One way to defray expenses, in general, is to claim tax credits such as the child tax credit, earned income tax credit and the disability tax credit if you qualify. Tuition tax credits, college tax credits or student tax credits, such as the American opportunity tax credit, can help you save money on your taxes.
The cost of attending college can be a major financial burden on students and their families. In 2018-2019, the average tuition and fees per year for a four-year degree will total $35,830 at a private institution and $26,290 at an out-of-state public school, according to The College Board. The AOTC offers a tax credit of up to $2,500 for tuition and fees, and it’s available to students and parents of dependent children.
Learn more about who can claim the American opportunity credit and take advantage of often overlooked tax breaks.
What Is the American Opportunity Tax Credit and Who Is Eligible for It?
You can reduce the financial impact of college tuition by immediately decreasing your marginal rates with this tax credit. To qualify for American opportunity credit eligibility, the student must meet these requirements:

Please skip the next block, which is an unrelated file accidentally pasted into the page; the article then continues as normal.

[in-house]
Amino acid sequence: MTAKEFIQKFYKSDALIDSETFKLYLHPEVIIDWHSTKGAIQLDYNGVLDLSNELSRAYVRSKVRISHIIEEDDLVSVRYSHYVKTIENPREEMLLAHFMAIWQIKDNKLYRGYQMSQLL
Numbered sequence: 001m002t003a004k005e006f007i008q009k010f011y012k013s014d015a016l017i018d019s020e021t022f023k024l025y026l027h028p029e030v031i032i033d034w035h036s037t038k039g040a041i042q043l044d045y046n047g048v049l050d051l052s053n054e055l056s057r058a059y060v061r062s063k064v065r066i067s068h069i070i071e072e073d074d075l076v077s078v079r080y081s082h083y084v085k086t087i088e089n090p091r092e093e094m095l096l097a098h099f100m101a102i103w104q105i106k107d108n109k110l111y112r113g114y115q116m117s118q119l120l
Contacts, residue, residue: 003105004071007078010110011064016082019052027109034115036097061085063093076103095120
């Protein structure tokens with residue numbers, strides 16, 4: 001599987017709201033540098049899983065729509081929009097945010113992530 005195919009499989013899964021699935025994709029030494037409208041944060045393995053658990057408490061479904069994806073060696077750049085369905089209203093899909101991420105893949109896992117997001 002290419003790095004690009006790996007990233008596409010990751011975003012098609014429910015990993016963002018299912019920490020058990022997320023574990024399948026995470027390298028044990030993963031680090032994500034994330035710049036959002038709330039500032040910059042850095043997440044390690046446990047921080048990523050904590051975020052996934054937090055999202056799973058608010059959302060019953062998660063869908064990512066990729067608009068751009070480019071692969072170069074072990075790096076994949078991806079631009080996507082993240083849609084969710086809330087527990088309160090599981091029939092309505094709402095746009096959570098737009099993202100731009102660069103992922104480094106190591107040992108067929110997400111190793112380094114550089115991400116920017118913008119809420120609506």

- Is actively pursuing a degree at an accredited institution
- Has not finished four years of higher education at the beginning of the tax year
- Is enrolled at least half-time beginning in the tax year
- Has no felony drug convictions
Related: Is College Tuition Tax Deductible?
Can You Claim the American Opportunity Credit If You Are a Dependent?
Unfortunately, if you are being claimed as a dependent on someone else’s tax return, you cannot claim the American opportunity tax credit. Additionally, you cannot claim the lifetime learning credit for the same reason.
What Are the Income Limits for the American Opportunity Tax Credit?
The credit is valid for each student once during the calendar year. The taxpayer who claims the credit must make an adjusted gross income of no more than $180,000 if filing jointly and $90,000 if filing individually. The credit amount is gradually reduced if your modified adjusted gross income is between $80,000 and $90,000 — or $160,000 and $180,000 if you file a joint return. You’re ineligible to claim an American opportunity credit if your MAGI is $90,000 or more — or $180,000 or more if you file a joint return.
All academic periods are eligible for the credit, including summer school, semesters, trimesters and quarters. Room and board, transportation, insurance and medical costs do not qualify for the credit.
How the American Opportunity Tax Credit Is Calculated
The American opportunity credit offers a maximum benefit of $2,500 per year. If the credit reduces a taxpayer’s amount owed completely, 40 percent of the remaining credit — up to $1,000 — is refundable. This means you can get a refund even if you owe no tax.
If you meet the income requirements for the full credit — $80,000 or below for single filers and $160,000 or below for joint filers — you’ll receive a tax credit for 100 percent of the first $2,000, plus 25 percent of the next $2,000, paid during the taxable year for tuition, fees and course materials. Here’s a look at how much credit you’ll receive depending on the amount you claim for tuition, fees and course materials.